An artist’s conception shows a Hyperloop transit tube heading toward a city skyline. (Hyperloop One Illustration)
One of Amazon’s leadership principles is to think big, and that’s exactly what a former Amazon employee is encouraging cities to do if they want to land the retail giant’s second headquarters.
Brittain Ladd, who worked on the global expansion of Amazon’s grocery arm AmazonFresh and is now a supply chain consultant, said cities need to look beyond just finding somewhere for Amazon to set up a campus. He said cities in the same state shouldn’t compete with each other, and instead they should come together with regional plans that address transportation and other big-picture issues that could pique Amazon’s interest.
“It doesn’t do Amazon any good to merely build another headquarters. Instead, Amazon should select a state that will collaborate with Amazon on designing and building the transportation systems of the future,” Ladd told GeekWire in an email. “This means fast-tracking the use of drones for package delivery; fast-tracking the use of autonomous vehicles beginning with Amazon associates who can be picked up and dropped off from work; leveraging airports for Amazon Prime; and my favorite, fast-tracking the use of the Hyperloop.”
Of the more than 100 cities that say they will bid for the massive HQ project, which could bring a $5 billion investment from Amazon and 50,000 jobs, one darkhorse stands out to Ladd, and that is Frisco, Texas. It is about 30 miles from Dallas, with plenty of room to build.
Frisco doesn’t look like a viable candidate today, as its population falls well below Amazon’s threshold of 1 million, and its transportation options aren’t up to par. But Ladd, who said he has made his thoughts known to Frisco but isn’t working with the city on a bid, believes that if the state can plan holistically for a huge research campus connected to cities like Dallas and Austin via next generation transit options like Hyperloop could help Texas land the coveted HQ2 project.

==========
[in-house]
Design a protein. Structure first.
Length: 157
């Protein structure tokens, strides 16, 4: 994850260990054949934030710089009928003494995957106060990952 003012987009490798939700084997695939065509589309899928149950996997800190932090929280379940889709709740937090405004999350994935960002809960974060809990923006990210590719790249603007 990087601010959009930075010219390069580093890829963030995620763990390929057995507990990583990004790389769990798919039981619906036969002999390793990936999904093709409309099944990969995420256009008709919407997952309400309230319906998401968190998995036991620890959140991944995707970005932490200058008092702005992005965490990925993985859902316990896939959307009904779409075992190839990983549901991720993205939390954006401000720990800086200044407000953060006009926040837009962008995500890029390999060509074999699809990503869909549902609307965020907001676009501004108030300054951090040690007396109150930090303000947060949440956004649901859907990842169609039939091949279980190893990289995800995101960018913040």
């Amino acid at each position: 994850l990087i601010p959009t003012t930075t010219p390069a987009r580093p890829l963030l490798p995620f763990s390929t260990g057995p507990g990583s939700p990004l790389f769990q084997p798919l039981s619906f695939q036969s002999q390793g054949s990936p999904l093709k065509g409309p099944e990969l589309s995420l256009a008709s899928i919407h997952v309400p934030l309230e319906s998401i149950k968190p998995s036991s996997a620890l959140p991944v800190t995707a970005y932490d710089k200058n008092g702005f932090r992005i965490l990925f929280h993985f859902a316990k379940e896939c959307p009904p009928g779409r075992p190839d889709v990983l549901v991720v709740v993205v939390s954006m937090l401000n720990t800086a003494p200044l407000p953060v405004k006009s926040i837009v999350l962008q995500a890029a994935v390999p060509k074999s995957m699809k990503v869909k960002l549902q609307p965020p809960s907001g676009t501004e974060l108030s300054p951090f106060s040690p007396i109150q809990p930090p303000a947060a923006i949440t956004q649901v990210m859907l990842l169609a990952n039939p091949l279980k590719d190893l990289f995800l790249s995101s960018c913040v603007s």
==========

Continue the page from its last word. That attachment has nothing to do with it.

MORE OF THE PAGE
“If Amazon selects Frisco, they can build a massive campus/research center with a Hyperloop station, room to test unmanned drones for flying people, autonomous vehicles, and more easily use drones to deliver packages,” Ladd said. “Long-term, if Texas provides the support, Amazon could have Hyperloop lines running from their headquarters to Austin; to DFW Airport; and to Dallas.”
Whether HQ2 ends up somewhere in Texas, or Atlanta or Boston or Toronto or somewhere completely different, Ladd says long-term thinking could make the difference for the winning bid. Though the concept of cities duking it out through tax breaks and incentives to land big companies is decidedly a 20th century concept, the winning bidder will be the group that looks at current conditions as well as the future.
“I believe Amazon needs to select a location that will help them better compete in the 21st century while exploring and testing future technology and transportation that may not become a reality 10 or 20 years from now,” Ladd said.